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We are often reminded by those experienced in writing test automation that code is code. The sentiment being conveyed is that test code should be written with the same care and rigor with which production code is written.
However, many people who write test code may not have experience writing production code, so it’s not exactly clear what is meant by this sentiment. And even those who write production code find that there are unique design patterns and code smells that are specific to test code in which they are not aware.
Given a smelly test automation code base that is littered with several bad coding practices, Angie walks through each of the smells, discusses why it is considered a violation, and demonstrates a cleaner approach by refactoring the code live on stage.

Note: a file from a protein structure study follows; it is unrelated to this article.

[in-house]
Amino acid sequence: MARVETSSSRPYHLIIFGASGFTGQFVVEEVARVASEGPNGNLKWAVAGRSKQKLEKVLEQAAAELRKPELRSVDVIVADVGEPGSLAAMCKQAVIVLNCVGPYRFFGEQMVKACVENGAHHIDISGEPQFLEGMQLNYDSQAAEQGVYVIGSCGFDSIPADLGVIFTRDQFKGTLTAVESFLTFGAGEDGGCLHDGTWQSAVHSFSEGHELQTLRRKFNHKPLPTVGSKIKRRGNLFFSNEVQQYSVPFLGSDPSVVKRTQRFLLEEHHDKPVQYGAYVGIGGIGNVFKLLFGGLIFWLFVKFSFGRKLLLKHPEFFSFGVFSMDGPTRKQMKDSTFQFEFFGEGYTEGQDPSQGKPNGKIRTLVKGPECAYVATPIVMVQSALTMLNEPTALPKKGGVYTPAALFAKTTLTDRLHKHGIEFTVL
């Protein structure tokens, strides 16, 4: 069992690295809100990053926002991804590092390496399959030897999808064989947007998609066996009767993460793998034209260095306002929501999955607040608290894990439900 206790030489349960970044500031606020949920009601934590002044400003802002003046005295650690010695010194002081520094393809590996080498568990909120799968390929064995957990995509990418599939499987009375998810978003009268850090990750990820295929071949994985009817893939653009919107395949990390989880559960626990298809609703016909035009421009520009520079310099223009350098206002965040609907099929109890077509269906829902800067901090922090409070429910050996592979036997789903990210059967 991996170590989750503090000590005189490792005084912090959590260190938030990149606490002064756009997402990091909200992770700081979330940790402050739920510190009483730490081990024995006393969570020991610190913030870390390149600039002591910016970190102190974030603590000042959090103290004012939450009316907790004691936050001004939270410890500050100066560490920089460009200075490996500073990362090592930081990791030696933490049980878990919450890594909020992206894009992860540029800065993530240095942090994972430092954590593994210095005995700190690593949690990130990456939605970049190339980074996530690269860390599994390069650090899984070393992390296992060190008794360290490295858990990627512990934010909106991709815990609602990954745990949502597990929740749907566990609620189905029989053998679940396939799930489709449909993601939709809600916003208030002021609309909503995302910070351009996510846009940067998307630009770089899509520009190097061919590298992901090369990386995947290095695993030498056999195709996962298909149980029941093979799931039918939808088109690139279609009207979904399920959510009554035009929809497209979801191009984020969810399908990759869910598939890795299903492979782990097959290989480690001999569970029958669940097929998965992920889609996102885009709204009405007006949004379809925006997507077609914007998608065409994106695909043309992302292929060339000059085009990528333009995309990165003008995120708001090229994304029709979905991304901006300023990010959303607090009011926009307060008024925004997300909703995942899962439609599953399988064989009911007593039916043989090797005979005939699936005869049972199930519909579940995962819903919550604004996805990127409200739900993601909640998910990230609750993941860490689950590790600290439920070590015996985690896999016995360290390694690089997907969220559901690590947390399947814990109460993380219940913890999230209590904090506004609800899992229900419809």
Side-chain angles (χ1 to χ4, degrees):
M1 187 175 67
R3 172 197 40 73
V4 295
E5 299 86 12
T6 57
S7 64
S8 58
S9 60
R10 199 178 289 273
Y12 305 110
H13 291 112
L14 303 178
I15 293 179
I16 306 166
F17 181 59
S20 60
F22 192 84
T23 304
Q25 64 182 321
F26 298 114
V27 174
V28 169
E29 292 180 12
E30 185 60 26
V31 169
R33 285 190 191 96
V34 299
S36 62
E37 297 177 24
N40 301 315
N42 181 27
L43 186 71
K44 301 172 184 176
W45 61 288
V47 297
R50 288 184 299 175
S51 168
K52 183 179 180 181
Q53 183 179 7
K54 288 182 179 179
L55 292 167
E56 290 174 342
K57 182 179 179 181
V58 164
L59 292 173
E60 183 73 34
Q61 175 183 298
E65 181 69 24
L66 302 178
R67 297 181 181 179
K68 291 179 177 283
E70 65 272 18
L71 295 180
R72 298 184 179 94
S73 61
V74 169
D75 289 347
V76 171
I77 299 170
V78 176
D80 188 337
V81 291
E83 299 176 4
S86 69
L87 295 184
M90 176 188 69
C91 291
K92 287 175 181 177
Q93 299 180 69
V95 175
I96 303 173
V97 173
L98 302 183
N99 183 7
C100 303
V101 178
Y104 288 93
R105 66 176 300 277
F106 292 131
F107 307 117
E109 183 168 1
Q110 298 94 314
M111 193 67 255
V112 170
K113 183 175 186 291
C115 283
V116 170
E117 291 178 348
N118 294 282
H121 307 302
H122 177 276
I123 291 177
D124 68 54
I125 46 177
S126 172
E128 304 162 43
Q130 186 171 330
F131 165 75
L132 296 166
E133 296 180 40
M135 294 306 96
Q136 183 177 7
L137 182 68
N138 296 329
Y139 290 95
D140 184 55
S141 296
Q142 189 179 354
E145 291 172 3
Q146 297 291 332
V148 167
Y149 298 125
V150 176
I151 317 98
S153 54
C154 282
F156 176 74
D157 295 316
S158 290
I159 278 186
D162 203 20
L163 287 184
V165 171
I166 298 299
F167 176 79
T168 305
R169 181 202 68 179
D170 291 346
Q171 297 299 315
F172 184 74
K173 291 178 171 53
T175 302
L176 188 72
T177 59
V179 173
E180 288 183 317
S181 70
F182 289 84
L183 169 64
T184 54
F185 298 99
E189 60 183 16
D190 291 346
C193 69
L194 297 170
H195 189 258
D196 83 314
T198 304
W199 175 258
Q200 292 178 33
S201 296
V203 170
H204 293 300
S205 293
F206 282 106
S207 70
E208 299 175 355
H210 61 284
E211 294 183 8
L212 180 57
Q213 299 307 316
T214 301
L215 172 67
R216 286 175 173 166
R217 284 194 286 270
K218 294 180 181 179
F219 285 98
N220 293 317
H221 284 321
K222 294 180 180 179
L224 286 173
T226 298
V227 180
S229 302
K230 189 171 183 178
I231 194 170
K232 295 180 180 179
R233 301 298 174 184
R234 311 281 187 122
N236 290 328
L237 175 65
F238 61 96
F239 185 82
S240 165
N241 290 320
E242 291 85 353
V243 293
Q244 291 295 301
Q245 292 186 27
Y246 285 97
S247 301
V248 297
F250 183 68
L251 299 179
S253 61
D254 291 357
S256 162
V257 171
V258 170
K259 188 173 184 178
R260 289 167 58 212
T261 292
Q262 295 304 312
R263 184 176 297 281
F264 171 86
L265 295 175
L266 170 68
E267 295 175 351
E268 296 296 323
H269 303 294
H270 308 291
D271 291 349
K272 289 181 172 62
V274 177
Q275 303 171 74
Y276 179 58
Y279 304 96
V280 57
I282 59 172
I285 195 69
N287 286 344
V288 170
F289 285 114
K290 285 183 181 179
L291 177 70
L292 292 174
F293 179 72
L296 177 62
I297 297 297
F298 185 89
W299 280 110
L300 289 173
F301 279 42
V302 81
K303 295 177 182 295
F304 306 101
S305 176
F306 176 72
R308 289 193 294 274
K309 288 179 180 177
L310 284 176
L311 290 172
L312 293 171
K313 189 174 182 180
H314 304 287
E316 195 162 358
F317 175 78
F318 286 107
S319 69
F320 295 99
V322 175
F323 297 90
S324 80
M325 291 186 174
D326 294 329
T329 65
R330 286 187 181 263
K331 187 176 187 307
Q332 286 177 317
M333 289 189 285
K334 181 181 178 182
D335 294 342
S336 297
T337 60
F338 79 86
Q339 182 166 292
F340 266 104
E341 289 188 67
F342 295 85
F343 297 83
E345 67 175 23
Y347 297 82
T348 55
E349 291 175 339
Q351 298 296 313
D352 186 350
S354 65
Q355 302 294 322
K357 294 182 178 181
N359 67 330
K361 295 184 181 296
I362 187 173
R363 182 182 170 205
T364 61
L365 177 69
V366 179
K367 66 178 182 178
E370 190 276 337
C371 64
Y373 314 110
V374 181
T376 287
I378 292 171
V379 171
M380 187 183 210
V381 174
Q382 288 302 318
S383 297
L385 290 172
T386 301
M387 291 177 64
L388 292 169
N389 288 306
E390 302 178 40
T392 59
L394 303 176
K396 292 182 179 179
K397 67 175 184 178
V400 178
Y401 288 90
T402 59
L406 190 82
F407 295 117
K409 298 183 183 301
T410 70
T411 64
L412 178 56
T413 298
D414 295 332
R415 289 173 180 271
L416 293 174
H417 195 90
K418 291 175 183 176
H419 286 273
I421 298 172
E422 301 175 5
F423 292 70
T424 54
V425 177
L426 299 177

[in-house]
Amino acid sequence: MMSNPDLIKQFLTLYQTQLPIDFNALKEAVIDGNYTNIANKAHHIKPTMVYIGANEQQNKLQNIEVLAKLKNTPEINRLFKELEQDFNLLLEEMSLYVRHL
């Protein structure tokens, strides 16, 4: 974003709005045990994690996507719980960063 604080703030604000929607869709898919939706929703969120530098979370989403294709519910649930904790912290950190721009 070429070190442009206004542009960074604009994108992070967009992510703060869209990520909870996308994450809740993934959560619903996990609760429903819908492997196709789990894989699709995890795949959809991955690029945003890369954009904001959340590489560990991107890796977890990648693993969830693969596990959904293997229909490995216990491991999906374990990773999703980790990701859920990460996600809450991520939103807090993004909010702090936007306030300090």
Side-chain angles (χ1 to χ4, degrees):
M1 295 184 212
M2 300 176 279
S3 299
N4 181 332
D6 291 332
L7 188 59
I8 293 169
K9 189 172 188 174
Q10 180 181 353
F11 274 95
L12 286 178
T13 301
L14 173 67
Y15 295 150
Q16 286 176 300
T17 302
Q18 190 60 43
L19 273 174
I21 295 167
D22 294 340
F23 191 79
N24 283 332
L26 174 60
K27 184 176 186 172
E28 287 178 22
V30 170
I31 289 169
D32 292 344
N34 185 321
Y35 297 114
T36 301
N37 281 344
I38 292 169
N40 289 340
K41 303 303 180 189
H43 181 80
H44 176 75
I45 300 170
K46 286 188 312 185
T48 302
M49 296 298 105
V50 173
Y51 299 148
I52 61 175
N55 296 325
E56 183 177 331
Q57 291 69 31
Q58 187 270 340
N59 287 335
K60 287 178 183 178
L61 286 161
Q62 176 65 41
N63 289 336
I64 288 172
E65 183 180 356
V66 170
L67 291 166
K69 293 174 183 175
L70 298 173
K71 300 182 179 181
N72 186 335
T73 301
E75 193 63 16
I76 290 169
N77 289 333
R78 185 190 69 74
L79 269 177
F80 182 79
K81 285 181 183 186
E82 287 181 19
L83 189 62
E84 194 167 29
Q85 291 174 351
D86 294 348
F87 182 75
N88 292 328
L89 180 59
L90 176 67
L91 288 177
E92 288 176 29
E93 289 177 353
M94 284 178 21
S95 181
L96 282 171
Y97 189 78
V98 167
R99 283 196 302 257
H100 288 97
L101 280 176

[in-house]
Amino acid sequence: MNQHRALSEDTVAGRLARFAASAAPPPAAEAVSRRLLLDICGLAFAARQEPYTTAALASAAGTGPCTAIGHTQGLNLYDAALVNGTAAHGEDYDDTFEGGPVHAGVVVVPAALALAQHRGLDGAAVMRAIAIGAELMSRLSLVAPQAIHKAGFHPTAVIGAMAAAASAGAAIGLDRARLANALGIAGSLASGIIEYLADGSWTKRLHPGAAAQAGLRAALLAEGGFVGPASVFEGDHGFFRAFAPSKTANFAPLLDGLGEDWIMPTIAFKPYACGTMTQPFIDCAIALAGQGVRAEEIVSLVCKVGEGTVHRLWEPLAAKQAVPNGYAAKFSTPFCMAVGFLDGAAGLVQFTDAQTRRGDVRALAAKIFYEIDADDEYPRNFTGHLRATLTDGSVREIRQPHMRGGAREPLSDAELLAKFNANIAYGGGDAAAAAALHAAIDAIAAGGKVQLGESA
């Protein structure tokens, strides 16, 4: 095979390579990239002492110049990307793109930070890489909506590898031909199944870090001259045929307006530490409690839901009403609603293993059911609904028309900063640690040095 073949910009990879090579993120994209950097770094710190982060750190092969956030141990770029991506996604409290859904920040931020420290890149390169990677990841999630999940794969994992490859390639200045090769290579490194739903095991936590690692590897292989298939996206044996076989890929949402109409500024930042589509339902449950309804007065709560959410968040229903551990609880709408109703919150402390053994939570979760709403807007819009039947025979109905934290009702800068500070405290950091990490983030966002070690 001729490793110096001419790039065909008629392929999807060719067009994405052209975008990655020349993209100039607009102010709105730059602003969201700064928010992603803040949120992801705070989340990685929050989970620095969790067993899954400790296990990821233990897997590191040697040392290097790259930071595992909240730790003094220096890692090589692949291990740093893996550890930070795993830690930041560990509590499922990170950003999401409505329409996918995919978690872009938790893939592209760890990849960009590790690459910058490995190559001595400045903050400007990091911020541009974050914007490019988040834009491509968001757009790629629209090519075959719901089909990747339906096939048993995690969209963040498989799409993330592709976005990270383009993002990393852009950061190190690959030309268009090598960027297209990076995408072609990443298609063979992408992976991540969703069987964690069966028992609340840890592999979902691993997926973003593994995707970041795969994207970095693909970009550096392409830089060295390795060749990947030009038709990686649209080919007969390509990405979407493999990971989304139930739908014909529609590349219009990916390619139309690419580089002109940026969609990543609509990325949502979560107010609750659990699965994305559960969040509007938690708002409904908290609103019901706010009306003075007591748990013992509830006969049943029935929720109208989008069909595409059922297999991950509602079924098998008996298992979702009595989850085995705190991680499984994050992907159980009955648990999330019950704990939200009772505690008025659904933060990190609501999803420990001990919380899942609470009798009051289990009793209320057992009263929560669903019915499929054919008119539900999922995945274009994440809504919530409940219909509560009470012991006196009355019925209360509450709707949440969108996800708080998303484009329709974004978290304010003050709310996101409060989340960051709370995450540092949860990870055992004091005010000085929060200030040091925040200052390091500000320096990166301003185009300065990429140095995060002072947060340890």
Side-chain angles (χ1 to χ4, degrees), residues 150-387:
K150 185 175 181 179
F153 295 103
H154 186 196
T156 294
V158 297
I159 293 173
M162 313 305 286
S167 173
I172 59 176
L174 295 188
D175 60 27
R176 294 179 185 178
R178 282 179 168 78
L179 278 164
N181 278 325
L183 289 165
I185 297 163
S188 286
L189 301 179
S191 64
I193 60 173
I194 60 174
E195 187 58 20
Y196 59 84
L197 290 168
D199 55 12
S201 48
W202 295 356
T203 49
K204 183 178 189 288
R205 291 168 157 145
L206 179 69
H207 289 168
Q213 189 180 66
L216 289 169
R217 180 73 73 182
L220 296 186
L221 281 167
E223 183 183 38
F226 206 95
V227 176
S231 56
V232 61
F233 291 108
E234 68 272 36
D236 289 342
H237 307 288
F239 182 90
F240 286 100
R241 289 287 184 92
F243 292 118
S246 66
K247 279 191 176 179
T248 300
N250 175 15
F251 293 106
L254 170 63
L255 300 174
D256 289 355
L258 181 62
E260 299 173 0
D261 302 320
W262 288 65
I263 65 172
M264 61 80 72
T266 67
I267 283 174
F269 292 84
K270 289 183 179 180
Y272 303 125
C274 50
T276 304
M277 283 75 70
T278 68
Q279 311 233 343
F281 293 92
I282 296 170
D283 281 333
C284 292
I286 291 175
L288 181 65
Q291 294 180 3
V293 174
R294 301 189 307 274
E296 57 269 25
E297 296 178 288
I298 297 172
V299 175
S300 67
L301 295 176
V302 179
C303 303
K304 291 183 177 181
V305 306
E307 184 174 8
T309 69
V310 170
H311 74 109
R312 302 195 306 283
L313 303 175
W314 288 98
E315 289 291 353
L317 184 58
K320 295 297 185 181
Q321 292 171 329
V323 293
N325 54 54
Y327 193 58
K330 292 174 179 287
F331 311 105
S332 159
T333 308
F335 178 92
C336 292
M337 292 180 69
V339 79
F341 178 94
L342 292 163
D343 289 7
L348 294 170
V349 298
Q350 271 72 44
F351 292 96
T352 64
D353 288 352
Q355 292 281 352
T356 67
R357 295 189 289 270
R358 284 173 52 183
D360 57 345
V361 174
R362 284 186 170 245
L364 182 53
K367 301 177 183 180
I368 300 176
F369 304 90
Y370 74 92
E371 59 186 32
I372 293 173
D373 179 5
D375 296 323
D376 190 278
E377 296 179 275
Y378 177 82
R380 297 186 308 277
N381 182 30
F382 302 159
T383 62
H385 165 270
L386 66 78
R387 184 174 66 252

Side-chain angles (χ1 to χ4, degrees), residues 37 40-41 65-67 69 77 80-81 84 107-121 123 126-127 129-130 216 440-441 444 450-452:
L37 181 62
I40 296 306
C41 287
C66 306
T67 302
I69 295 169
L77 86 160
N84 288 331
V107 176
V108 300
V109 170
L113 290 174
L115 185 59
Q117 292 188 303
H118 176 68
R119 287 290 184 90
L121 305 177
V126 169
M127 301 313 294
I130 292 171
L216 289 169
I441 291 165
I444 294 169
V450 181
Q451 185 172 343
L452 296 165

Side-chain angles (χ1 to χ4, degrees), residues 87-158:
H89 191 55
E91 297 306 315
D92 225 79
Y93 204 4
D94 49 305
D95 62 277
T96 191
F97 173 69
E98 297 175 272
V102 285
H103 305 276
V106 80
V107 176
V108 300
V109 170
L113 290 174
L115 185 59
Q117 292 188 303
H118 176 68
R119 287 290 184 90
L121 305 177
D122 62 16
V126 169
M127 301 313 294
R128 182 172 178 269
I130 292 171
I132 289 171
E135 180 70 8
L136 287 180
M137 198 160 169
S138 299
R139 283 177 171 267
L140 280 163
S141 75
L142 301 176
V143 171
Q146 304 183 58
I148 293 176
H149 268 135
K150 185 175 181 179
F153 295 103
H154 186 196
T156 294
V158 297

Key takeaways include how to identify code smells within test code, understanding the reasons why an approach is considered problematic, and how to implement clean coding practices within test automation